Amid a history full of battles and kings, there is another, eerier Britain, steeped in legend, full of dark forests, druidic mysteries and creatures usually only seen out of the corner of the eye.
The Land of the Green Man is Carolyne Larrington's journey through the supernatural landscapes of the British Isles: the marshes and moors, riverbanks and rockpools that given rise to myths of a myriad of creatures.
As well as elusive creatures such as barghests and selkies, goblins and water-horses, there are the giants who bestrode the land in ancient times and, as Carolyne explains, two of them, Gog and Magog, have long watched over London.
Giants are traditionally associated with wild, uncivilised places, the high moorland or the mountains; in British folk-tale they are traditionally rather stupid, throwing stones about and acting in impulsive rage, in ways that change the landscape completely. Yet Anglo-Saxon tradition imagined the giants of the past as city-builders and skilled workers in stone.
The Anglo-Saxons did not know how to build in stone when they first arrived in the British Isles in the fifth and sixth centuries, preferring wood and wattle-and-daub for construction. Those splendid cities: Verulamium, Deva, Eboracum (St Albans, Chester and York, respectively) built by the Romans were probably scarcely maintained after the legions were recalled to Rome, and their stone structures must have fallen into dangerous disrepair. Only later in the Anglo-Saxon period did the immigrants start to build in stone, often dismantling parts of surviving Roman buildings to provide ready-worked stone for their new projects. Quite a few Old English poems refer to stone buildings as ‘the ancient works of giants’. The poem The Wanderer associates crumbling, snow-covered walls with giants, while in the wisdom-poem known as Maxims II, cities (ceastra – deriving from Latin caster ‘camp’), with splendid stone ramparts are said still to stand; they are described as orþanc enta geweorc (the well-thought-out work of giants). This resonant phrase haunted JRR Tolkien, professor of Anglo-Saxon literature at Oxford, who chose Orthanc for the name of the great tower of Isengard, the headquarters of the wizard Saruman, in The Lord of the Rings.
Gog and Magog, (the biblical giants mentioned as a pair in Revelation 20 rather than Geoffrey of Monmouth’s single emblematic giant), are patrons of the City of London. Enormous wooden statues of the two giants stood for centuries outside the Guildhall; their first incarnation was burnt up in the Great Fire of London, while the second pair, installed in 1708, were casualties of the Blitz. Their current replacements, carved by the sculptor David Evans, stand nine foot three inches tall and were installed inside the Guildhall once more in 1953 (see picture). Magog traditionally bears a phoenix on his shield, symbolising rebirth from fire. Since 2006, Gog and Magog have once again led the annual procession at the Lord Mayor’s Show. Reconstituted by the Worshipful Company of Basketmakers, these huge wicker figures are light enough to be carried, though they are perhaps as dangerously inflammable as their unfortunate predecessors. Their cousins include the Gigantes celebrated yearly in September in Barcelona, and the hugely popular marionette Giants who have appeared more than once in Liverpool, dramatising the city’s connection with the Titanic in 2012, and its history in World War I in 2014.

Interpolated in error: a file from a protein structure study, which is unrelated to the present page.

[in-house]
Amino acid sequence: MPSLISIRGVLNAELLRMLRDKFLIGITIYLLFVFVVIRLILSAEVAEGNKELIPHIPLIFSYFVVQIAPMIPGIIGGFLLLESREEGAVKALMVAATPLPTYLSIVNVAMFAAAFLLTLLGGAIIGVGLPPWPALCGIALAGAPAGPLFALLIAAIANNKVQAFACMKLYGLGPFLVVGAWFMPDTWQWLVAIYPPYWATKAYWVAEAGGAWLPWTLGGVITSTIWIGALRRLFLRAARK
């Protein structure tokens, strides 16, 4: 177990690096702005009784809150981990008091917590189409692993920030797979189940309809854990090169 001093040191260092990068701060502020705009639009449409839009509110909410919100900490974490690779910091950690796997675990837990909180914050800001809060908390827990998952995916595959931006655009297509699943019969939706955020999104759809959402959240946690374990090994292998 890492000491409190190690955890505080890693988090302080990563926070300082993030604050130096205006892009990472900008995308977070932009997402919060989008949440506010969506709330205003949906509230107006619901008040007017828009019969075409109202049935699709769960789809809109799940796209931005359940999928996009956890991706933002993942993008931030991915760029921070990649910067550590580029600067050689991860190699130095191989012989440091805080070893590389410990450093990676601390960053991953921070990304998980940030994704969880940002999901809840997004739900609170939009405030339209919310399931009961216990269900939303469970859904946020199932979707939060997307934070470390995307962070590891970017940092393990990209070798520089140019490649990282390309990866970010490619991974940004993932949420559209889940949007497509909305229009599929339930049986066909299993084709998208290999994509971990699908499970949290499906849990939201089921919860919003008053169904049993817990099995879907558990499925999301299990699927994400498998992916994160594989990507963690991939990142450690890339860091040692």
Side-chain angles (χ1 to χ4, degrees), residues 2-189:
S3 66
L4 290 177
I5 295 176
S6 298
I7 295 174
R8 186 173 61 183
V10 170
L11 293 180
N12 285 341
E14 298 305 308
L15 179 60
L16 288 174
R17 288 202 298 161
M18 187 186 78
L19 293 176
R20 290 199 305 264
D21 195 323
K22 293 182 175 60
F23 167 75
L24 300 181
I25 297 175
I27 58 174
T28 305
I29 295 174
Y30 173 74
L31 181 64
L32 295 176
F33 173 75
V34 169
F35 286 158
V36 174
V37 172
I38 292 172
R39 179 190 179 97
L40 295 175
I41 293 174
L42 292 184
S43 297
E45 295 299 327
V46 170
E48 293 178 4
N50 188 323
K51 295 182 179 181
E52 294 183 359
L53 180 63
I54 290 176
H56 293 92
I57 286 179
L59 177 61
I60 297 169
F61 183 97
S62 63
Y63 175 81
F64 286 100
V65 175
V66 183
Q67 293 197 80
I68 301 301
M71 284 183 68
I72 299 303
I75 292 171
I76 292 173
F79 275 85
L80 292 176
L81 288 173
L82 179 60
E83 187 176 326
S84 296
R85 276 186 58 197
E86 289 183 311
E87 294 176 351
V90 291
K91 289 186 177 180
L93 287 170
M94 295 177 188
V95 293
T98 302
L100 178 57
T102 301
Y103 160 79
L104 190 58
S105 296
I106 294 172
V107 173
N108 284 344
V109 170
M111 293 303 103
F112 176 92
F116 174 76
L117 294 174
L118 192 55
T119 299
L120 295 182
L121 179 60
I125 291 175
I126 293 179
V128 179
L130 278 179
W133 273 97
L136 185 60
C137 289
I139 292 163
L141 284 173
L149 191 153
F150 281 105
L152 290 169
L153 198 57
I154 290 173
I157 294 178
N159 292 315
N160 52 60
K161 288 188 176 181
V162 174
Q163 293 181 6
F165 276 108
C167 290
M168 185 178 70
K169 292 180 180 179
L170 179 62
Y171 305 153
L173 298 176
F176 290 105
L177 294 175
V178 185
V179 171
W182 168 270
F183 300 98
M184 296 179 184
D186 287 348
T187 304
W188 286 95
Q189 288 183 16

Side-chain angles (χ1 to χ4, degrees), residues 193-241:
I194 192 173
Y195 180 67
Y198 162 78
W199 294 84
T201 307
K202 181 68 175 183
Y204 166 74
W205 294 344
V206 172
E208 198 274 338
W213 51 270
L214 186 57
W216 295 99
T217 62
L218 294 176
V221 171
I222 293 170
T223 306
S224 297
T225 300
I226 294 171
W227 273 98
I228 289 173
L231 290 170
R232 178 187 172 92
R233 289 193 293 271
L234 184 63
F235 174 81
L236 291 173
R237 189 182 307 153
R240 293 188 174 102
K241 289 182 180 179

These urban giants fulfil multiple roles. In Thomas Boreman’s Gigantick History, published in 1741, they are said to symbolise the fact that ‘just as much as those huge giants exceed in stature the common bulk of mankind’, so the City of London towers above all others in defending ‘the honour of the country and the liberties of this their City’. But Gog and Magog have a larger function, I think, speaking very clearly to the dualities which giants symbolise. On the one hand, in their embodiment of nature, as huge and terrifying, they are co-opted to warn all supernatural evil forces that the City can call on powerful and determined guardians to repel its enemies. ‘Our’ big friendly giants make valuable allies and dangerous foes. And on the other hand they re-introduce the natural, the non-human into the city. They remind the city-dwellers that there are forces which, despite their ingenious technologies, their concreting over the clay, humans cannot control, and which they must remember to propitiate. Gog and Magog also recall to the merchants and moneymakers of the City how the land and its resources underpin the wealth generated in the buildings they guard; they foreground an ecological awareness in the metropolitan environment, bringing nature back to spaces where the green world seems to have been banished.
The land of Britain traditionally is shaped, originally inhabited and guarded by giants. The giants of London intersect with the modern conception of the Green Man and other protective nature spirits, the spirits who bring the green into the city, the wild back into the civilised and who call into question the idea of progress and culture. Yet there’s always something melancholy about giants; they seem to belong definitively in the past and their legends are often sorrowful in complicated ways. The Anglo-Saxons understood this when they associated giants and ruins, both markers of a time gone before, a time which can never be recovered.
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